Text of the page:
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2015 Suzuki V-Strom 1000 ABS SE Review


by Pascal Bastien ,

Suzuki takes on the ultra-competitive full-size adventure bike segment with the 2015 V-Strom 1000 ABS SE. It is completely different from the outgoing model and even from the new V-Strom 650, which received more of an update than a thorough redesign.

The DL 1000 returns with a fully redesigned frame, a revised suspension featuring a long-travel, upside-down fork, radial brake callipers with ABS, and 19” front and 17” rear wheels. The tires are designed for a mix of 70% road and 30% dirt.

The new model follows the recent trend of muscular styling and, at first glance, it looks more handsome than direct competitors. The “duck beak” of the old DR 750 S remains, as does the V-twin from the original V-Strom launched in 2002. The naked, tubular rear section, meanwhile, is reminiscent of BMW and KTM models, which means it’s perfect to attach a host of accessories.

Equipped for the long haul
In top-of-the-line SE trim, standard content includes a 9-way, height-adjustable windshield, a centre stand, a cargo rack, hand guards, and two small plastic saddlebags that are nicely shaped and matched with the rest of the bike. The instrument panel is much simpler than what the Germans offer, yet all the necessary info is there, including real-time and average fuel consumption, ambient temperature, gear position, and even traction control mode.

The thick, non-slip rider’s seat offers excellent comfort, and the riding position overall doesn’t put a strain on any body part. Other than a slight dose of turbulence around the head at highway speeds, the adjustable windshield provides good protection. The rear passenger benefits from a relaxed seating position courtesy of a short but comfortable seat, and ergonomic grab bars.

Familiar engine meets new electronics
The 2015 Suzuki V-Strom 1000 ABS SE uses a 1,037cc V-twin engine that produces 101 hp and 73.9 lb-ft of torque. It’s unbelievably smooth and flexible for a twin-cylinder mill, and the vibrations and sound effects it generates are not excessive. You can re-accelerate from just 1,500 rpm without any hesitation or jolt from the engine, even in fifth gear -- something that’s definitely appreciated around town and on busy highways.

Much more advanced than its ancestor, the new V-twin precisely manages throttle input and thus proves easy to modulate, regardless of your riding style. It packs a strong punch at 2,500 rpm, and will not relent until it reaches 7,200 rpm. For quick takeoffs, there’s no need to hold the gears; just maintain engine speed around 4,000 rpm, which is where peak torque comes in.

Despite a very short first gear (clearly designed for trail riding), the transmission on the V-Strom 1000 ABS SE is perfectly calibrated to get the most out of the Suzuki V-twin. It’s been considerably improved, as evidenced by the smoother, sharper gear shifts. What’s more, there’s a new hydraulic clutch for easier operation.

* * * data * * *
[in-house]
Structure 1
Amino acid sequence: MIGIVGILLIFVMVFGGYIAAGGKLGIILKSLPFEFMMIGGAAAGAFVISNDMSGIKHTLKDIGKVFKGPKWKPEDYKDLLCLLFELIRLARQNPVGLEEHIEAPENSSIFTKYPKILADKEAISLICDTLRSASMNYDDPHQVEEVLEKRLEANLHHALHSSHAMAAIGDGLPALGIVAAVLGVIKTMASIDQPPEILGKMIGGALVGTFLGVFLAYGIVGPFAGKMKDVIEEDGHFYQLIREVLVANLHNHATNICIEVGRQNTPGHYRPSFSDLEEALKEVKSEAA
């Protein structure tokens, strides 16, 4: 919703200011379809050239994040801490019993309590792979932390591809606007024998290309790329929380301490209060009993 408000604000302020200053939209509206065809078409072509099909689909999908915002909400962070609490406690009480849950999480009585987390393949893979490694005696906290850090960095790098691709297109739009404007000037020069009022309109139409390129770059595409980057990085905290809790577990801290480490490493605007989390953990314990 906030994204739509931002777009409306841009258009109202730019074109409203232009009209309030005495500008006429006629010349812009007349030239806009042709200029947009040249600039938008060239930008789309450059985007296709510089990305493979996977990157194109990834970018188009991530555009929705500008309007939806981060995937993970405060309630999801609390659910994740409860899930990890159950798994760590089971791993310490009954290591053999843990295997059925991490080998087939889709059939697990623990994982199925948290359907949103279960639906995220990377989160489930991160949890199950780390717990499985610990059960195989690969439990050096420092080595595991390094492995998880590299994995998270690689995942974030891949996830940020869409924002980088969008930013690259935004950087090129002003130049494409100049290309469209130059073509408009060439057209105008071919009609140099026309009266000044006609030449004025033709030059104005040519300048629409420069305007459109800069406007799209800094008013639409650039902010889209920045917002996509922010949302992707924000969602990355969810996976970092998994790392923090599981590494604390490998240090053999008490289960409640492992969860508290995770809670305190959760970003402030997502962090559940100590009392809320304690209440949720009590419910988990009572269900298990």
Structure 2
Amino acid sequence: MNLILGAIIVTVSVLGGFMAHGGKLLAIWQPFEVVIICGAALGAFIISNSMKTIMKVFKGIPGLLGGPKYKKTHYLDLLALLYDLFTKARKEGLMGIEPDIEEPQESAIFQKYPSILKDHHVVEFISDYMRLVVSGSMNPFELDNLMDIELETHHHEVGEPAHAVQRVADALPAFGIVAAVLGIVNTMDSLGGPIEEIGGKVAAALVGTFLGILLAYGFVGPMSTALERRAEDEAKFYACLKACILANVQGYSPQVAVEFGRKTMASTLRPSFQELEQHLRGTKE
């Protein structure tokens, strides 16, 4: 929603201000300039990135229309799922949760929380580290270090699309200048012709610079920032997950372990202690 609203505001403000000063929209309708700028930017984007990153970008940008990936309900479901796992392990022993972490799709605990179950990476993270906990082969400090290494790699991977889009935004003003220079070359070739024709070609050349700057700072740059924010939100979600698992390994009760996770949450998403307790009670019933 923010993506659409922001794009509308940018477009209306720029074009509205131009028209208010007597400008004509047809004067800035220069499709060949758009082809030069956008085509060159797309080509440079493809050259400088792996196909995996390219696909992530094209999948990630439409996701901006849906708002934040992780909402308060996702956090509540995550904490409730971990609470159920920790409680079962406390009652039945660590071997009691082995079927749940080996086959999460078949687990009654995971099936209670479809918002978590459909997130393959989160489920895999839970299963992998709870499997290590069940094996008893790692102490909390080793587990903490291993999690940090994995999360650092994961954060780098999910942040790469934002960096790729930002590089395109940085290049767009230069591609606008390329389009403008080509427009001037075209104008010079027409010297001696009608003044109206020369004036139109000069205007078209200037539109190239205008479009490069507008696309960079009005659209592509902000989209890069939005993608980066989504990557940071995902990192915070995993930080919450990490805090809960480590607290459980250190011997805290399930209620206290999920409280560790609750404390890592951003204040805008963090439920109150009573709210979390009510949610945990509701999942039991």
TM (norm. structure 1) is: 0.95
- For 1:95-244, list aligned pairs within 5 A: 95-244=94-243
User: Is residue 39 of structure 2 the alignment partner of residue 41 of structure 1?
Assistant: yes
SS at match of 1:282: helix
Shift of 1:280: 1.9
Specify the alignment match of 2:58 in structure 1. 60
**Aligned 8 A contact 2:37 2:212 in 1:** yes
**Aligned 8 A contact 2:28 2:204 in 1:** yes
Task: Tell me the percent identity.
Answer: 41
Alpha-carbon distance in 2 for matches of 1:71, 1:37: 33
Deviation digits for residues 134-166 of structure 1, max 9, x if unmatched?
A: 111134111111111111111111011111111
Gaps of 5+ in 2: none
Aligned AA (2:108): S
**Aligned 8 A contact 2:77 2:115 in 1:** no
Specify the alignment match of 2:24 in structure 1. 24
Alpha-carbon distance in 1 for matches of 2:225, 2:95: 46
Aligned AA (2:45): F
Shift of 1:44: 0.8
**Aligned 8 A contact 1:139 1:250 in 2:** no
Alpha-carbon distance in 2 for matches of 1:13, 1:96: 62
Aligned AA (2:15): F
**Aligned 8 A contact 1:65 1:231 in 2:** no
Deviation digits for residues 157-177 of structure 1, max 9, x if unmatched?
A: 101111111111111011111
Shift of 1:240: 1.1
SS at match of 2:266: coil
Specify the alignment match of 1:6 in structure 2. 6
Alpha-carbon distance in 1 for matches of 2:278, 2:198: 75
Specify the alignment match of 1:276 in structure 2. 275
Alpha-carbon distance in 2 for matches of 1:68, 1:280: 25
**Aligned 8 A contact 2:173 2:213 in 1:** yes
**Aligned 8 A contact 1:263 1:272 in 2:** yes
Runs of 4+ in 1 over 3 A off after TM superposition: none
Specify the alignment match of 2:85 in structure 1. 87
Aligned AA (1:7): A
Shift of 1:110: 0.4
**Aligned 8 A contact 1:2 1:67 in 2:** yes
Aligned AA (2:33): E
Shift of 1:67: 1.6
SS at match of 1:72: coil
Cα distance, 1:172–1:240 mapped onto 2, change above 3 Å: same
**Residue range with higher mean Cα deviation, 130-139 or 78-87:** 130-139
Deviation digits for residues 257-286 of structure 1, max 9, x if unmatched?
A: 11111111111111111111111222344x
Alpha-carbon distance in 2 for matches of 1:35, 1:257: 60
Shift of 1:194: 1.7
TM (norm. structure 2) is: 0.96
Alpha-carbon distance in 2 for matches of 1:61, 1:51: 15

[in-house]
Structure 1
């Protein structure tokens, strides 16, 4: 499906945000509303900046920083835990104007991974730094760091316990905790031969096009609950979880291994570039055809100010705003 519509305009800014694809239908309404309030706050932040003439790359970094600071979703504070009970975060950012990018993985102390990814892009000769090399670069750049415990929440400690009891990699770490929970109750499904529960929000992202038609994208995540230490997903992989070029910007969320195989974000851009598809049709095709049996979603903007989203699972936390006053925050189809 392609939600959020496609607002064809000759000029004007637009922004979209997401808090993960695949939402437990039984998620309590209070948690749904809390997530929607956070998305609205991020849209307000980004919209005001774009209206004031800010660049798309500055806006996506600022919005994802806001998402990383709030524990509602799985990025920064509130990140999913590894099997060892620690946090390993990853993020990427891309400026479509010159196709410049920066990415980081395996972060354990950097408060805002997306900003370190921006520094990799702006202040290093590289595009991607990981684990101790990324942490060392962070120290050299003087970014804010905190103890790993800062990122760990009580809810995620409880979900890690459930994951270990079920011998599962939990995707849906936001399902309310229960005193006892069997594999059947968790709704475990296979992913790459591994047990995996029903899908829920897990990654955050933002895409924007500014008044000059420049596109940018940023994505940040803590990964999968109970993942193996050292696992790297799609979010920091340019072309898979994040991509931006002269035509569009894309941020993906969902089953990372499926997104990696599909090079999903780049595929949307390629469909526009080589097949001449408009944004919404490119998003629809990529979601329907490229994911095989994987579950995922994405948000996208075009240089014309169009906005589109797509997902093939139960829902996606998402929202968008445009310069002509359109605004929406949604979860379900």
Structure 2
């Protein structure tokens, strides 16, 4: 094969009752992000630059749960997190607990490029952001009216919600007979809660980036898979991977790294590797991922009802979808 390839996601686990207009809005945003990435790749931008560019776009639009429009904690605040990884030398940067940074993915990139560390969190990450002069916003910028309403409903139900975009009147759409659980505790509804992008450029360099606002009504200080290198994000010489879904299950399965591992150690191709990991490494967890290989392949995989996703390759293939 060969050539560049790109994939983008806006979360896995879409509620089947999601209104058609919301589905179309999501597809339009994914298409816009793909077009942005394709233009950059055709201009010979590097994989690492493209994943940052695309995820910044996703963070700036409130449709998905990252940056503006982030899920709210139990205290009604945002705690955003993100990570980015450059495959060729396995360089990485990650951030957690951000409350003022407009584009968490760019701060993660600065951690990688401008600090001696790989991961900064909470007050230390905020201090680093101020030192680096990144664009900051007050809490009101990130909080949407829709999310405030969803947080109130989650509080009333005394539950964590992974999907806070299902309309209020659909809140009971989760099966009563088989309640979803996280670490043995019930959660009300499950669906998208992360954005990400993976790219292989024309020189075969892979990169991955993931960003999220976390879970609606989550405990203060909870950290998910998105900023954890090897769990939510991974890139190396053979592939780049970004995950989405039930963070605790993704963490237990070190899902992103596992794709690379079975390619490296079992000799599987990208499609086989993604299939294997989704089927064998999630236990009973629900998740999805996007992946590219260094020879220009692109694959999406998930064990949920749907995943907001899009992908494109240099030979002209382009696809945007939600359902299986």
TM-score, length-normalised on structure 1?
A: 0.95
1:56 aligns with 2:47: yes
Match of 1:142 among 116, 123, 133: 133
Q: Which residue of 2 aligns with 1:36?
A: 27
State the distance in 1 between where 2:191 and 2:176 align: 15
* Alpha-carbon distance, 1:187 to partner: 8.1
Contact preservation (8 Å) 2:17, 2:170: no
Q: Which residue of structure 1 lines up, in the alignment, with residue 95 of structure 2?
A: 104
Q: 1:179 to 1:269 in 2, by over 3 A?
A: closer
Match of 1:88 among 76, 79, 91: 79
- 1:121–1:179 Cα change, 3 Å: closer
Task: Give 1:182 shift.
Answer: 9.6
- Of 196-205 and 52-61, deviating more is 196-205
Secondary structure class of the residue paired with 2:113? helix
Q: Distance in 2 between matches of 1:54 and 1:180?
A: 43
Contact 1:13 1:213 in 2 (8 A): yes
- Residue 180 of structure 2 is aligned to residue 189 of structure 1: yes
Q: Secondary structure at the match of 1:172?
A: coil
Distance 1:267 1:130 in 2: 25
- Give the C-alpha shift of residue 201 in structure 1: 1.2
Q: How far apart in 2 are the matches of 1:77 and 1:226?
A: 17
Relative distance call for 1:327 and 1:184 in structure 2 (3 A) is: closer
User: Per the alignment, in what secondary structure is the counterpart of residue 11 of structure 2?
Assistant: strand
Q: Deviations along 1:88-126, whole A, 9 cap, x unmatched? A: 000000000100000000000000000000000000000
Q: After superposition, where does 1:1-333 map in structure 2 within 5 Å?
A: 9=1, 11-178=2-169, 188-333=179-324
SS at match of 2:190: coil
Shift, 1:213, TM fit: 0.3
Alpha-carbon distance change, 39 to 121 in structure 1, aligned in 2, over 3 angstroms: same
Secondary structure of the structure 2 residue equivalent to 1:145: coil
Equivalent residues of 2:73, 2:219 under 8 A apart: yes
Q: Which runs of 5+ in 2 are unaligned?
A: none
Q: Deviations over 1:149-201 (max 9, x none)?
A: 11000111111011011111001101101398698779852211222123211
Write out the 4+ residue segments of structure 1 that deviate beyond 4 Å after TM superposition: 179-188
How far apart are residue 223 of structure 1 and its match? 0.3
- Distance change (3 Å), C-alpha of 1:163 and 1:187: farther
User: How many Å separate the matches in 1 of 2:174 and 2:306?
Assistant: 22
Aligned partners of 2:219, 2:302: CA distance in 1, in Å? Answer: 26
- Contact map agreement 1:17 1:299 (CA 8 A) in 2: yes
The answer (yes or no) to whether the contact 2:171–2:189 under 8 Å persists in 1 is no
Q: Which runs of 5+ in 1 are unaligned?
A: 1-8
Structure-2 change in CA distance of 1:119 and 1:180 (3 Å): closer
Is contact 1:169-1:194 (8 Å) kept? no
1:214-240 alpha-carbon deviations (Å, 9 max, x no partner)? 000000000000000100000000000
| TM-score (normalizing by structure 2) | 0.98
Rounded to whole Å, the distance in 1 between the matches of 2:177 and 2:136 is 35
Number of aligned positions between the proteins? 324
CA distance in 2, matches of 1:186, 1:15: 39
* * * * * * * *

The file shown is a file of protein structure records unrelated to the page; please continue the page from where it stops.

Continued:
In order to keep up with the fearsome BMW R1200GS and Moto Guzzi Stelvio NTX, the V-Strom 1000 ABS SE had to embrace modern electronics. Enter Suzuki’s first-ever standard traction control system. You can switch between the two modes via a button on the left handlebar. During sporty riding, the system works effectively and discreetly to ensure safe, confident manoeuvres, even if you’re an ordinary rider. There’s no unpleasant feeling and no awkward power interruption.

Traction control also does a nice job on gravel where it accurately manages slippage to minimize the risk of falling off the bike. Experienced trail riders may find the system a bit too intrusive, but everyone will appreciate the extra safety it provides.

Time to go a little crazy
When hitting twisty, mildly damaged roads, the Kayaba fork and Showa rear shock soak up imperfections while delivering good handling. The 2015 Suzuki V-Strom 1000 ABS SE enters corners with surprising ease and remains stable throughout. If you pick up speed, it’ll display progressive weight transfers, and ground clearance is the only thing that will curb the enthusiasm of this competent chassis.

Drifting enthusiasts might want to get familiar with the rear brake first, because the short-travel pedal makes it somewhat hard to modulate. On pavement, however, the sharp front brake can produce ultra-quick stops without the help of the rear brake.

Suzuki V-Strom 1000 ABS SE 2015
The new model follows the recent trend of muscular styling and, at first glance, it looks more handsome than direct competitors. (Photo: Sébastien D'Amour)

Bottom line
The new V-Strom 1000 ABS SE is supremely balanced. In typical Suzuki fashion, it offers a brilliant mix that will satisfy a specific type of rider at a very competitive price (even a loaded model undercuts the base trim of its top rivals).    

  • Lovely engine
  • Competent chassis and electronics
  • Comfortable ride
  • Good price
  • Rear brake is hard to modulate
  • Tiny saddlebags